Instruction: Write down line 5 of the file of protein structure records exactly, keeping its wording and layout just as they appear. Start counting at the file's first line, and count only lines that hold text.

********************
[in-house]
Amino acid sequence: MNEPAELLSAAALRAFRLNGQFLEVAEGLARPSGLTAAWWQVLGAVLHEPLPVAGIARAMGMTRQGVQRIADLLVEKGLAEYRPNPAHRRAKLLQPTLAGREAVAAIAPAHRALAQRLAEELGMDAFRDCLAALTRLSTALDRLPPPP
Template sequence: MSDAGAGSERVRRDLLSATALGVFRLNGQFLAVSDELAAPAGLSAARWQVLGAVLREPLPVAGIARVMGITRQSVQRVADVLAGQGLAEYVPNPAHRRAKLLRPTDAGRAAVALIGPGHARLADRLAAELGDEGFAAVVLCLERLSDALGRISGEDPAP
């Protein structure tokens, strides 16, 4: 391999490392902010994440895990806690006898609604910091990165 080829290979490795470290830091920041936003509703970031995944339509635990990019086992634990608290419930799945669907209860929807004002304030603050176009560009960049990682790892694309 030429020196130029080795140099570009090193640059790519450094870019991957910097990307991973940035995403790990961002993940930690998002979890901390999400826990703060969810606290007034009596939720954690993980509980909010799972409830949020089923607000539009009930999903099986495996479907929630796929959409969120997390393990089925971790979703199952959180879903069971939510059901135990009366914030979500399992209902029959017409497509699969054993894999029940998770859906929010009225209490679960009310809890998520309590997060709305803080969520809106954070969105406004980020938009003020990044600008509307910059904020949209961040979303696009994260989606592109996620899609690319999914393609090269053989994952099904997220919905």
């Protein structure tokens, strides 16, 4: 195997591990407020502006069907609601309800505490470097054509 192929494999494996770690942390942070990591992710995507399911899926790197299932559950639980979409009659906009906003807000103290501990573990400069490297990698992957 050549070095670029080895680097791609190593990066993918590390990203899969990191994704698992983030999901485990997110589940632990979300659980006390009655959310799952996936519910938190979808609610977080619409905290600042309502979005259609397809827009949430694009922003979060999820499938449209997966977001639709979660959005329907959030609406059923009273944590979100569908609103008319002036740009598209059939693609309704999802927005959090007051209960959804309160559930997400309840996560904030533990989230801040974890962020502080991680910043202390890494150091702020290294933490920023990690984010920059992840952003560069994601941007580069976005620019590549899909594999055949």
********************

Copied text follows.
């Protein structure tokens, strides 16, 4: 195997591990407020502006069907609601309800505490470097054509 192929494999494996770690942390942070990591992710995507399911899926790197299932559950639980979409009659906009906003807000103290501990573990400069490297990698992957 050549070095670029080895680097791609190593990066993918590390990203899969990191994704698992983030999901485990997110589940632990979300659980006390009655959310799952996936519910938190979808609610977080619409905290600042309502979005259609397809827009949430694009922003979060999820499938449209997966977001639709979660959005329907959030609406059923009273944590979100569908609103008319002036740009598209059939693609309704999802927005959090007051209960959804309160559930997400309840996560904030533990989230801040974890962020502080991680910043202390890494150091702020290294933490920023990690984010920059992840952003560069994601941007580069976005620019590549899909594999055949």